Change Color Of Cells In Excel 2010 [Color Scales]

Excel 2010 have many data visualization tools which provide best way of presenting data either in pictorial representation or with advanced conditional formatted style. Color Scales is an advance level conditional formatting which allow users to show data scaling with different colors, this will eventually make data easier to comprehend by concerned audience, as they can easily infer overall evaluation of dataset by just glancing at spreadsheet.

Launch Excel 2010 spreadsheet on which you want to show Color Scales. For illustration we have included a spreadsheet containing fields; marks in different course fields and Total.

table8 Change Color Of Cells In Excel 2010 [Color Scales]View in gallery

Now we will be applying different Color Scales to make the data in spreadsheets more prominent and self-explanatory. We will select all the course fields. Navigate to Home tab, and from Conditional Formatting options, select More Rules from Color Scales menu.

colorsets Change Color Of Cells In Excel 2010 [Color Scales]View in gallery

In New Formatting Rule dialog, under Select a Rule Type, choose the desired rule and under Format style, select either 2-Color Scale or 3-Color Scale. From Minimum, Midpoint and Maximum, select desired Type, Value and appropriate Color.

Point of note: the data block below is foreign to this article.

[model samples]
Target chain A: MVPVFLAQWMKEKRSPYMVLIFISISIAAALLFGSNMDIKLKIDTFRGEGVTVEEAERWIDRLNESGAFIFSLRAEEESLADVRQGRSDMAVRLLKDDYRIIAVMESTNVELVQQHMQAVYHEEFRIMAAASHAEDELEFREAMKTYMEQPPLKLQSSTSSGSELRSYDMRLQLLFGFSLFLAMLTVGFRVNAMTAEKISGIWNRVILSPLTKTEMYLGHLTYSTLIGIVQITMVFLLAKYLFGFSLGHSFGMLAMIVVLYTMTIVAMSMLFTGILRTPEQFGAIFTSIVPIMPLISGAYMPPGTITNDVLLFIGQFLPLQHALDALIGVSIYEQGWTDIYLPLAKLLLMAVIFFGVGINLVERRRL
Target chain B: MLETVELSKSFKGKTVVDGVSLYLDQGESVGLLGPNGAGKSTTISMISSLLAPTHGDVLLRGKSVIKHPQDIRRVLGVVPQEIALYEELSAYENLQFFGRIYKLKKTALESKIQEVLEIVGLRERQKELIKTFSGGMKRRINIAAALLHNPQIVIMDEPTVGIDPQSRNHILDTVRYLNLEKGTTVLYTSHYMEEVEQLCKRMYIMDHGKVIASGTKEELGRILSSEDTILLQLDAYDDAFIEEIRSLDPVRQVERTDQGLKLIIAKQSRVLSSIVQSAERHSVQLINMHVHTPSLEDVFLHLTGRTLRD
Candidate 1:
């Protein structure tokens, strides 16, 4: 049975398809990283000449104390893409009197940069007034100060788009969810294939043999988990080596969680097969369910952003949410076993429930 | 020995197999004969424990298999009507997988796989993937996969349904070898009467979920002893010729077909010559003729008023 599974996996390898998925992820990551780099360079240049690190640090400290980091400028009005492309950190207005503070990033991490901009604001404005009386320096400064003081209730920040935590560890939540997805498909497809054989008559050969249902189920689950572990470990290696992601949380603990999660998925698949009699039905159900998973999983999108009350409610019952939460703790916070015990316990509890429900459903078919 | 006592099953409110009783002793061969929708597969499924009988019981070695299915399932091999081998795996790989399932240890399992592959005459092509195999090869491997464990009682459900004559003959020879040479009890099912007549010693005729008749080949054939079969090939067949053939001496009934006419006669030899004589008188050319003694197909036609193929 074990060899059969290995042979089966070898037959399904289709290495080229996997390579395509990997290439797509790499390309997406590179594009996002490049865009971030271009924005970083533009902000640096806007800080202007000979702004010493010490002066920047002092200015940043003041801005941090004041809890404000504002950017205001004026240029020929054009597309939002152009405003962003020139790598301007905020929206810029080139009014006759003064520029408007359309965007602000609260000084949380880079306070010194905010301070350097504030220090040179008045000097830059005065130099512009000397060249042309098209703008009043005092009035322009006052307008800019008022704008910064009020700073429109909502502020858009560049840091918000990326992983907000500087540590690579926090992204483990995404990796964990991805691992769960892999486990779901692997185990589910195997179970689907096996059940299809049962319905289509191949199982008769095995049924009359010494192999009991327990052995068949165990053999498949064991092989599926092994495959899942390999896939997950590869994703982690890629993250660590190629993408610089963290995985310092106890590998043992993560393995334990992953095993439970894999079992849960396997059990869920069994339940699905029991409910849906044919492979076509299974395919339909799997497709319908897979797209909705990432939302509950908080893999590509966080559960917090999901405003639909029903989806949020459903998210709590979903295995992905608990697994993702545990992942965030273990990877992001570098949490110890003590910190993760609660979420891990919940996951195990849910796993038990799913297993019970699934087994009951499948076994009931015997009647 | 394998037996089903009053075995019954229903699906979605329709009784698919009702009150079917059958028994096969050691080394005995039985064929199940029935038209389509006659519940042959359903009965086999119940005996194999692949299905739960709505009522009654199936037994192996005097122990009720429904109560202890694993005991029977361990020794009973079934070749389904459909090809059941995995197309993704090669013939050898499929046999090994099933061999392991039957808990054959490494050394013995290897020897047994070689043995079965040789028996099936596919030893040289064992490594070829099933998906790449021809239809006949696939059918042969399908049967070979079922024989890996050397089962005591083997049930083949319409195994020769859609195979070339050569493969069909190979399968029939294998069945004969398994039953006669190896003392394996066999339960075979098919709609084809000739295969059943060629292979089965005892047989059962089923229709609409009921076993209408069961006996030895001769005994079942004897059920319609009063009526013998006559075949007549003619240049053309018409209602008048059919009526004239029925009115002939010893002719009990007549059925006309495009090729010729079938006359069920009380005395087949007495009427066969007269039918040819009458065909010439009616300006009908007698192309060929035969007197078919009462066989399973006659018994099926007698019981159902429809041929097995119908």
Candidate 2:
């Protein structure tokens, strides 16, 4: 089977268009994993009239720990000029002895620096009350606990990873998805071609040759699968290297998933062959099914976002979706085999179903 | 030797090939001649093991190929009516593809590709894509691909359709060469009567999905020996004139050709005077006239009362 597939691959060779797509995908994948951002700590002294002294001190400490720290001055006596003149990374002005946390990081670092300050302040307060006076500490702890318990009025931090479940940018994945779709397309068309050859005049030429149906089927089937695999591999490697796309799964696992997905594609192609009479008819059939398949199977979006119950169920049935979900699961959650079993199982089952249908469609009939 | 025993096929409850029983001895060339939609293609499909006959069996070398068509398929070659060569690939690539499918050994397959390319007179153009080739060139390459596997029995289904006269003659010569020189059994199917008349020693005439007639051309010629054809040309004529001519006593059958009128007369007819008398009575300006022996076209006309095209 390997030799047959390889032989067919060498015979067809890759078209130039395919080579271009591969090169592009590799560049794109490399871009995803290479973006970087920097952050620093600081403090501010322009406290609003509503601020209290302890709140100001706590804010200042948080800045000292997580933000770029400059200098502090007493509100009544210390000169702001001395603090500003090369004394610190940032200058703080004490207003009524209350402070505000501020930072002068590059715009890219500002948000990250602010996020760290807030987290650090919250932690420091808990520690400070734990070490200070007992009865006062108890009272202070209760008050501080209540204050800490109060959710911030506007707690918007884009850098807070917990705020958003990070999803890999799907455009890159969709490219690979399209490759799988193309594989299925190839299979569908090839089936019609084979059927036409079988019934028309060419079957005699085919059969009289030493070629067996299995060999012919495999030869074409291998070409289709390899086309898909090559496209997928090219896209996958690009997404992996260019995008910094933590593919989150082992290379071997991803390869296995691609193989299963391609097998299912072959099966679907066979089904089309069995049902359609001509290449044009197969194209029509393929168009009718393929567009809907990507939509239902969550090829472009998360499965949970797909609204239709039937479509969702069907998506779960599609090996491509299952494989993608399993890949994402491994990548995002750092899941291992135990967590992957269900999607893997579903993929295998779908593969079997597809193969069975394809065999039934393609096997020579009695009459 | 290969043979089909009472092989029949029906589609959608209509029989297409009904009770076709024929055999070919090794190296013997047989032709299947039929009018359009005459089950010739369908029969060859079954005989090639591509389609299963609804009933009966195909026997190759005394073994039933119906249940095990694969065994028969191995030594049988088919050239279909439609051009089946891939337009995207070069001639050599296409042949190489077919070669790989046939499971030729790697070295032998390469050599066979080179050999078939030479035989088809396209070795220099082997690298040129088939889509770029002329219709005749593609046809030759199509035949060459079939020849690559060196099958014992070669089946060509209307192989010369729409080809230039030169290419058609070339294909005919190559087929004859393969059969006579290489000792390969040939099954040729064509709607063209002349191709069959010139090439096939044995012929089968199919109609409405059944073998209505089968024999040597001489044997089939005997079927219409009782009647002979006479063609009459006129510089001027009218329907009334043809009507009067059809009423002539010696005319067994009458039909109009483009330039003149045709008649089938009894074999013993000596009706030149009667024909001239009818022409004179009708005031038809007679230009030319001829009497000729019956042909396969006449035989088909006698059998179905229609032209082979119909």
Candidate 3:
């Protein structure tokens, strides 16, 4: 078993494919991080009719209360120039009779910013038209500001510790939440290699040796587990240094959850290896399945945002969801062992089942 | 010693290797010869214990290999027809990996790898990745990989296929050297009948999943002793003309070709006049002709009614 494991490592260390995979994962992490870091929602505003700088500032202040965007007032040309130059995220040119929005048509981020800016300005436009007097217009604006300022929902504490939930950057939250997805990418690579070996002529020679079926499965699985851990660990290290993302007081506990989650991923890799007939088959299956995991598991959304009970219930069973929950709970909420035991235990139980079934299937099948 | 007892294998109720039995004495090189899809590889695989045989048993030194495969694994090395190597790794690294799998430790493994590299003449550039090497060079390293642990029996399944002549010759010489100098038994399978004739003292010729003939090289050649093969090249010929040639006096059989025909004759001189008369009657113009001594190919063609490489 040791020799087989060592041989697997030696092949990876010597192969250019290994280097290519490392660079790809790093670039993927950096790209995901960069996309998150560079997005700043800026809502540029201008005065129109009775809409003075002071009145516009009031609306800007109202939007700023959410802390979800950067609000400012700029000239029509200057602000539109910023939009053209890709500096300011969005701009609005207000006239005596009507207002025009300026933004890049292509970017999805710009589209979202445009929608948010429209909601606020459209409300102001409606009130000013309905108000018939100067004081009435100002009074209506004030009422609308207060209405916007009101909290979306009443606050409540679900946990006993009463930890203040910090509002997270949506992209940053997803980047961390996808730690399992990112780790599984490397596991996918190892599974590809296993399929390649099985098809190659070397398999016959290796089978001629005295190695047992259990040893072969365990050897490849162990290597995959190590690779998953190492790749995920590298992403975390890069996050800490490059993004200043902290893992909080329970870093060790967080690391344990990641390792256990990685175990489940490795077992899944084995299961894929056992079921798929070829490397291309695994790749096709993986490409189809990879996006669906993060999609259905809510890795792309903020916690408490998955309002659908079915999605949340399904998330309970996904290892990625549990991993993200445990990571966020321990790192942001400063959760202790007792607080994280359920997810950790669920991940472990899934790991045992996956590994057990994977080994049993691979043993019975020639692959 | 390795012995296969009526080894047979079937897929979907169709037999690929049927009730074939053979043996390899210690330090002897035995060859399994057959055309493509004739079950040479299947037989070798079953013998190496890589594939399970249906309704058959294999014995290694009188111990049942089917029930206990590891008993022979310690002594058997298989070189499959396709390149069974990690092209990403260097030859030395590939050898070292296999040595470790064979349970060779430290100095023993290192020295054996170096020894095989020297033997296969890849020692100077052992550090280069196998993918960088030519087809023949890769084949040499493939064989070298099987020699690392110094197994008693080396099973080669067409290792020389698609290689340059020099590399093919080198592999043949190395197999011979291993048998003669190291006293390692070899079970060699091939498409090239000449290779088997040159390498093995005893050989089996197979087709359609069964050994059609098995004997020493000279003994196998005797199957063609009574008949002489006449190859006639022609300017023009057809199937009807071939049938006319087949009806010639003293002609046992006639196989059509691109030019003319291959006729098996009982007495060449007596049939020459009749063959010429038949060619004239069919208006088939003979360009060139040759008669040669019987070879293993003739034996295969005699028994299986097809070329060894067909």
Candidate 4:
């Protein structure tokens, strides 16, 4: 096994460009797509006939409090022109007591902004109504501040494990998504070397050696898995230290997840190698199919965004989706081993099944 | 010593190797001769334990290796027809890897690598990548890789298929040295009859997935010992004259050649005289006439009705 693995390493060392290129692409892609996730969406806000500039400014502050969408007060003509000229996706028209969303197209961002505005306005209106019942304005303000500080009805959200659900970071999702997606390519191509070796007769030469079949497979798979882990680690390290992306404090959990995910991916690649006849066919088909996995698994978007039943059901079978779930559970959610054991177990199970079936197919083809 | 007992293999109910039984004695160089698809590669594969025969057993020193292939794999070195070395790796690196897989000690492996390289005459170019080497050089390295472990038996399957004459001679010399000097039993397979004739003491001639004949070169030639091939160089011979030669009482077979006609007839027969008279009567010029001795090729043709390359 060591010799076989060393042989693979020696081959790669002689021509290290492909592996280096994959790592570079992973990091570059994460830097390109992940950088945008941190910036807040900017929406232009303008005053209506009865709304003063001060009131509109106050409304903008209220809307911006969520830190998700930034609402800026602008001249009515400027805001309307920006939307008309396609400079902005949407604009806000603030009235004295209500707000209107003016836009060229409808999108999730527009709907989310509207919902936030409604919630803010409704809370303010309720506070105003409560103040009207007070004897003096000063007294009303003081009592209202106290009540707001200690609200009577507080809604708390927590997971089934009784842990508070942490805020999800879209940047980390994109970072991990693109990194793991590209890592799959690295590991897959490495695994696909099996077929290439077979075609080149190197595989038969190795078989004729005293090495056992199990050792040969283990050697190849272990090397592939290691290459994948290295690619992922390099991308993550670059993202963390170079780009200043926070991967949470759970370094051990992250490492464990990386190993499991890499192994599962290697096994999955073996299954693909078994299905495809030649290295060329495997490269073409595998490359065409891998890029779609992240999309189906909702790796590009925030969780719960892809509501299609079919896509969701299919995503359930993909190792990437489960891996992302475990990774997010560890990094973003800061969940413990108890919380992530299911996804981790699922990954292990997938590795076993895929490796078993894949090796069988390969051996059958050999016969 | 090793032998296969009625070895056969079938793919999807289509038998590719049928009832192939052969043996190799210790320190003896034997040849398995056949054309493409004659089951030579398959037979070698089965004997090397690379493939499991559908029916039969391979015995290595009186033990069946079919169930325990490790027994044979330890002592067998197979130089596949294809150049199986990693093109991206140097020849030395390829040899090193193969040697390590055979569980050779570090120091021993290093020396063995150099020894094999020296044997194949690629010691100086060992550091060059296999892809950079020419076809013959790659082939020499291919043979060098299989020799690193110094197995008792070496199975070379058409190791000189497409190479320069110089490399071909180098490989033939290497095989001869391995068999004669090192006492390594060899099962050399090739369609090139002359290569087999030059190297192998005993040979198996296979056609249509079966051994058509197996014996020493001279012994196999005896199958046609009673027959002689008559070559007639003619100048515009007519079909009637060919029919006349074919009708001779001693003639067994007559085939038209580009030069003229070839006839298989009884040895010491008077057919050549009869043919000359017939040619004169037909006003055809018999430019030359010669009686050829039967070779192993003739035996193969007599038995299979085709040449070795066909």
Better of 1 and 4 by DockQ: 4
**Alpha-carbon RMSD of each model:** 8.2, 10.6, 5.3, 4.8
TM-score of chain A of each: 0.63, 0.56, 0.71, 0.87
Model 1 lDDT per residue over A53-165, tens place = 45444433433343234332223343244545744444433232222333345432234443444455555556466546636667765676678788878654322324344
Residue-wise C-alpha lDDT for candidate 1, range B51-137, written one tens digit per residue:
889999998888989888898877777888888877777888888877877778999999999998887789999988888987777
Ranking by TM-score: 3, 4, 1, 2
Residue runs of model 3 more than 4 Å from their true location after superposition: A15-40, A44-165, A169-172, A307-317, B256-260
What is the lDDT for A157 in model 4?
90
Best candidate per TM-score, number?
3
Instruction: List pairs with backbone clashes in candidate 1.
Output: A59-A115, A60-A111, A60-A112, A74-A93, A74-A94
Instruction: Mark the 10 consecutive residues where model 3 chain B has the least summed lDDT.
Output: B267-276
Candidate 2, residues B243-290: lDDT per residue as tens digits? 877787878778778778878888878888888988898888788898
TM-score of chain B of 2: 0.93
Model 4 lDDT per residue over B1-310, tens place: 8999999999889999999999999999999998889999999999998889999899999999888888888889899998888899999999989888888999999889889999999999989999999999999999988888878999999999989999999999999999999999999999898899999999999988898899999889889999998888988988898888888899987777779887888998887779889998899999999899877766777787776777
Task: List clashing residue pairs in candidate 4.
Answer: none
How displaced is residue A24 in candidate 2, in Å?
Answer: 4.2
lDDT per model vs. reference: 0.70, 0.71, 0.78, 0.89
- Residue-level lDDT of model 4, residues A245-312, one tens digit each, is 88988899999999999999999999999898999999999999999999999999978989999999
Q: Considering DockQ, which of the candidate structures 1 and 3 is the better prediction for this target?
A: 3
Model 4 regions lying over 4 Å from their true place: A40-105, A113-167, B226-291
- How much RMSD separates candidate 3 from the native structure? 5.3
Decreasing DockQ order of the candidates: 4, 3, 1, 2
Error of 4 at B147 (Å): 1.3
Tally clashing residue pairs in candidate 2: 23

As shown in the screenshot below, we have selected Number from Type, entered Value based on grading rationale, and chose Color (we have selected red for minimum value, yellow for midpoint value, and green color for highest value). Click OK to continue.

New fomating rulwView in gallery

Now you will see data cells with specified color scaling.

colr scalingView in gallery

Now for Total field, we will be applying Color Scale again. Move to New Formatting Rule dialog, select different color scales for different values and click OK.

total fieldView in gallery

Now you will see the spreadsheet with specified Color Scales for Total field, as shown in the screenshot below.

finalView in gallery

You may also be interested in our previously reviewed guides on Excel 2010 Data Bars & Icon Sets in Excel 2010.

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  • Paul de Barros

    Is there a way to set more anchoring points that just the minimum, midpoint, and maximum?  I deal with sets of data that tend to be bizarrely distributed.  I’d like to fix the min, first quartile, median, third quartile, and max as red, orange, yellow, green, and blue (respectively), and have a gradient of color through each interval.  However, I can’t seem to get Excel to apply more than one conditional formatting rule for the range of cells.